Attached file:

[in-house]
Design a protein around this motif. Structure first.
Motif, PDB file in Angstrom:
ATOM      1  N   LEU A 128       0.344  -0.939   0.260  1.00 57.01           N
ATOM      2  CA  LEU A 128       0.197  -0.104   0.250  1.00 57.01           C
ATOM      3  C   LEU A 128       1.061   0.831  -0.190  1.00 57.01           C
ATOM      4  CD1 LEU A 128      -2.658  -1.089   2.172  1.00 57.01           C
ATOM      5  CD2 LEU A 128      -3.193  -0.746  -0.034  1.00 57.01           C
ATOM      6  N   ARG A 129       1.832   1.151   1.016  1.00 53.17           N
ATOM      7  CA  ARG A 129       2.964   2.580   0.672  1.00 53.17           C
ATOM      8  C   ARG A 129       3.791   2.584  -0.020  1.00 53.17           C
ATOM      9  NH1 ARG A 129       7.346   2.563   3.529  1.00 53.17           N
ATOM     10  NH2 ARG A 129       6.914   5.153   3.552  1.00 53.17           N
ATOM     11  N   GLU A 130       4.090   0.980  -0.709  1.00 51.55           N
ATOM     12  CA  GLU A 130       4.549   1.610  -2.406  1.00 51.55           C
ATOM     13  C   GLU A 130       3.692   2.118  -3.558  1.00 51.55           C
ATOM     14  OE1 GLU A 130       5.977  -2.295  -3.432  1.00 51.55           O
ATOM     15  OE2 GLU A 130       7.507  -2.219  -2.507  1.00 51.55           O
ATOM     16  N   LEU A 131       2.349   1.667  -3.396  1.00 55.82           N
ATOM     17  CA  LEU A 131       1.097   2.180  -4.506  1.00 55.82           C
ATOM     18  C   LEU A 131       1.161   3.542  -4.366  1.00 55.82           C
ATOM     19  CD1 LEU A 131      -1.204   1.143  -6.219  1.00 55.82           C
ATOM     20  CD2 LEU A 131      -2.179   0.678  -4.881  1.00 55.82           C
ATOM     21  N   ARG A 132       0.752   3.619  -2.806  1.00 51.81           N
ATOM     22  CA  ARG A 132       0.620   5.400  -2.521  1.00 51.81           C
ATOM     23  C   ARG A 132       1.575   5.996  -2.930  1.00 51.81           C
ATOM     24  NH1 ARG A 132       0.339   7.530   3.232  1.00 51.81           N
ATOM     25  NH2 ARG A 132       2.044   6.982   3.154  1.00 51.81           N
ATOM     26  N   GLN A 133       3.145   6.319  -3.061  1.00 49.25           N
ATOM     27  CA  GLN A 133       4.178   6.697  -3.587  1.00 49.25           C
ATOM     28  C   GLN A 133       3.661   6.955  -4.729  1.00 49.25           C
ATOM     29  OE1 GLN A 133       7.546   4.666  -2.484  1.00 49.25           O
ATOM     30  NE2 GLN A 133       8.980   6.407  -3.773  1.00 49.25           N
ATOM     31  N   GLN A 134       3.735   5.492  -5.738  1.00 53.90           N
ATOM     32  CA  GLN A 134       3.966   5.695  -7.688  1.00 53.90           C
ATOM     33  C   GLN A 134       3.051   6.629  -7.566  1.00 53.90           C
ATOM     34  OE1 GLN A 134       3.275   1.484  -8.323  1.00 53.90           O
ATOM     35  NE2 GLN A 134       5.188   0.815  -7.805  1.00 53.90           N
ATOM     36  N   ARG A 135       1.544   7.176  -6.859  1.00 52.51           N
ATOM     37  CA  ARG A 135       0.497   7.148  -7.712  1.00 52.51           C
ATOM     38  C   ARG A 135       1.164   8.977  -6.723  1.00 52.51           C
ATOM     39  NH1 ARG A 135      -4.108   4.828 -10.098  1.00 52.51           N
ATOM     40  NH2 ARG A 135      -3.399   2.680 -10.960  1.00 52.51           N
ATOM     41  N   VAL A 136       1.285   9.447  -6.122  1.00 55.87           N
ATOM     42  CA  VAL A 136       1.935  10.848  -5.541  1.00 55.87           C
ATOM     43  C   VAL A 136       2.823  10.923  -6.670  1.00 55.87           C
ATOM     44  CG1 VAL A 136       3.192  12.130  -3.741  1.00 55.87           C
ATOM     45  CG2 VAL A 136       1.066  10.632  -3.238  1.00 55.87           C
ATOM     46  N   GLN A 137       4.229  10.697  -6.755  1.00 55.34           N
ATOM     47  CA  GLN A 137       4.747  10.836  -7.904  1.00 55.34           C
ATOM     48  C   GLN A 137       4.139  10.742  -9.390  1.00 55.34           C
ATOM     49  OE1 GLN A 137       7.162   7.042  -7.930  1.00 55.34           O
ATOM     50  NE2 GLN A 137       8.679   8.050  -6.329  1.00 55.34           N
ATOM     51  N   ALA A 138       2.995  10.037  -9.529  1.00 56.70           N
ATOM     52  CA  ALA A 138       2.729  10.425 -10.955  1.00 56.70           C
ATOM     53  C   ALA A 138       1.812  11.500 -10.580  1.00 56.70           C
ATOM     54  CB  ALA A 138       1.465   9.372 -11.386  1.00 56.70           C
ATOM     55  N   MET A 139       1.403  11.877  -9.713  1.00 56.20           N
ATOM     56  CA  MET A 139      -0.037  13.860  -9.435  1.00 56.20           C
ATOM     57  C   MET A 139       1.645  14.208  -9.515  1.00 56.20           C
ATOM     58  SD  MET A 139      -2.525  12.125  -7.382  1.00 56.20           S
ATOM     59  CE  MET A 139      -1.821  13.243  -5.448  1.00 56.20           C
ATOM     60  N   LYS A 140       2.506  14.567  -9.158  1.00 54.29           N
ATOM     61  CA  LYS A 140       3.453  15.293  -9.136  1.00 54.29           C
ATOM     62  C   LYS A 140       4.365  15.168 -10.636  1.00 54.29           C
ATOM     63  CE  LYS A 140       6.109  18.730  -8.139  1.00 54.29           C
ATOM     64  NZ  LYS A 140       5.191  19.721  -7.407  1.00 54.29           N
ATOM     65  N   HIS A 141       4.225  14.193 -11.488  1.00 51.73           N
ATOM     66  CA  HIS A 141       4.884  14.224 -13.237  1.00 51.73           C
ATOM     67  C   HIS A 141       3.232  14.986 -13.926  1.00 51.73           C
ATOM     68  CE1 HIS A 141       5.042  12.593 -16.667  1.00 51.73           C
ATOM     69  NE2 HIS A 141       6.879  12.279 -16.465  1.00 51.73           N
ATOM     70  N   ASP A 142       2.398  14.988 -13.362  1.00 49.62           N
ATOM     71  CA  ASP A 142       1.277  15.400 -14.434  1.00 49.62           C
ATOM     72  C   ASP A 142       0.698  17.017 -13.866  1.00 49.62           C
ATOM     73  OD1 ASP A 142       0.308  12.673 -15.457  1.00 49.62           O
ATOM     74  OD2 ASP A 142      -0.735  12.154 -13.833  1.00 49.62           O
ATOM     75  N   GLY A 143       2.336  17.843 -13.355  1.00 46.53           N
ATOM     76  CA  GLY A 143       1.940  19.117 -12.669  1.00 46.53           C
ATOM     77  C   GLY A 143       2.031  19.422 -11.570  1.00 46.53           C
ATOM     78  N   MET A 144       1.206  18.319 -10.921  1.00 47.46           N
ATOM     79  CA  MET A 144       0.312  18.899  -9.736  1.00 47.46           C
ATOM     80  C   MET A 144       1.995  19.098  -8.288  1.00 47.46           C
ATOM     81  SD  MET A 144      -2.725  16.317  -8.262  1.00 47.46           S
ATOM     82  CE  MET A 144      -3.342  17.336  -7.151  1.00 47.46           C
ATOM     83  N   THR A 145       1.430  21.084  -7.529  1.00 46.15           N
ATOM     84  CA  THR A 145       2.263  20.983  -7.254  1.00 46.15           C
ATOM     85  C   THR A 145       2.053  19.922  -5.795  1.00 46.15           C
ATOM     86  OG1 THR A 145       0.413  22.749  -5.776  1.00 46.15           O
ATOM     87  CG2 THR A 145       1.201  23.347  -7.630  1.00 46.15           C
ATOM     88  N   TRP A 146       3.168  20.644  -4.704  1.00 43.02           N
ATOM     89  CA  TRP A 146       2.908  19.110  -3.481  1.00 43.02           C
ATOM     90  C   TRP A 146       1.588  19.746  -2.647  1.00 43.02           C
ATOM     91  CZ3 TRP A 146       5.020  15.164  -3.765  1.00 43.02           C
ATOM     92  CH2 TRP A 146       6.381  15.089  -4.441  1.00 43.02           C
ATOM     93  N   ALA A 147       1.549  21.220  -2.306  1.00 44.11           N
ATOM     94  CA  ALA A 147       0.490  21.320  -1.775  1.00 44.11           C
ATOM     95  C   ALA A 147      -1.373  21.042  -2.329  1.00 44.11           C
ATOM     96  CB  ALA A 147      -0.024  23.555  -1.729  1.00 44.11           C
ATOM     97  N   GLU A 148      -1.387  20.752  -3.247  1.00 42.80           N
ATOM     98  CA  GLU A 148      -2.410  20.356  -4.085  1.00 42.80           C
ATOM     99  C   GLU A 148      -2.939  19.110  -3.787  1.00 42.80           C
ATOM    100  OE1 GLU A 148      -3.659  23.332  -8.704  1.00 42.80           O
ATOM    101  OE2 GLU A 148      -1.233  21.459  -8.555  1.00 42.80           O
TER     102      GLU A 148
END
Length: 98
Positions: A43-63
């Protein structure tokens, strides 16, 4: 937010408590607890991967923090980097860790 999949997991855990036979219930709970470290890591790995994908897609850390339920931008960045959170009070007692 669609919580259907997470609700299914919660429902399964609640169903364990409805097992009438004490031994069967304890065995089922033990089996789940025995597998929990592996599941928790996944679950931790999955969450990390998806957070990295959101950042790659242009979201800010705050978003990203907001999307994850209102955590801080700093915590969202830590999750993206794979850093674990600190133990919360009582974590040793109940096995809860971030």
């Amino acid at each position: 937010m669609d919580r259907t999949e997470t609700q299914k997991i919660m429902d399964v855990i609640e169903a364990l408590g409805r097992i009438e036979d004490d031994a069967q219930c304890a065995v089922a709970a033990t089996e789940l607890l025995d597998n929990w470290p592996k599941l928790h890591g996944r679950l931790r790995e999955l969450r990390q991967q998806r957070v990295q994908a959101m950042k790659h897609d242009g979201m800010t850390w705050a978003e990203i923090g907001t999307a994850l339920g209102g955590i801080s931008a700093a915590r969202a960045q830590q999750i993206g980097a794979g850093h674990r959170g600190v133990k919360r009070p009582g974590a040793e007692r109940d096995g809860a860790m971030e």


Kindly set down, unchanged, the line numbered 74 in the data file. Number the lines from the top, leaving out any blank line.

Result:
ATOM     71  CA  ASP A 142       1.277  15.400 -14.434  1.00 49.62           C